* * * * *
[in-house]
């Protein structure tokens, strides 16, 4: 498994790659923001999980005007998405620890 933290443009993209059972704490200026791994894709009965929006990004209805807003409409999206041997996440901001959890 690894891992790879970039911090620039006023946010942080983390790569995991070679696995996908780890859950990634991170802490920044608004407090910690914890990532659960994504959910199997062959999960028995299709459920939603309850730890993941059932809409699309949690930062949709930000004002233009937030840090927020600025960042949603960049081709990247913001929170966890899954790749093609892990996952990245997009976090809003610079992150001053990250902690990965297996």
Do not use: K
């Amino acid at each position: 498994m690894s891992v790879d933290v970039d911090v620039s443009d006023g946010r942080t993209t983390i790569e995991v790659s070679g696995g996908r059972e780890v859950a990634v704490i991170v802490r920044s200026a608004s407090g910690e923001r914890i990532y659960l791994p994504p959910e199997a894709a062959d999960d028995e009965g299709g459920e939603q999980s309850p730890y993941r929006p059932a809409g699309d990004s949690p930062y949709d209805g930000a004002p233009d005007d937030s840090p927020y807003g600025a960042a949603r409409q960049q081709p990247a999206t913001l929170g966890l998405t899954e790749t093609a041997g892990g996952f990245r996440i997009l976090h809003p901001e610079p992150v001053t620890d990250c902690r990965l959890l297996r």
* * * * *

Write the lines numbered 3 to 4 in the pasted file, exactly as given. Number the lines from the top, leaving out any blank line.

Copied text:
Do not use: K
């Amino acid at each position: 498994m690894s891992v790879d933290v970039d911090v620039s443009d006023g946010r942080t993209t983390i790569e995991v790659s070679g696995g996908r059972e780890v859950a990634v704490i991170v802490r920044s200026a608004s407090g910690e923001r914890i990532y659960l791994p994504p959910e199997a894709a062959d999960d028995e009965g299709g459920e939603q999980s309850p730890y993941r929006p059932a809409g699309d990004s949690p930062y949709d209805g930000a004002p233009d005007d937030s840090p927020y807003g600025a960042a949603r409409q960049q081709p990247a999206t913001l929170g966890l998405t899954e790749t093609a041997g892990g996952f990245r996440i997009l976090h809003p901001e610079p992150v001053t620890d990250c902690r990965l959890l297996r």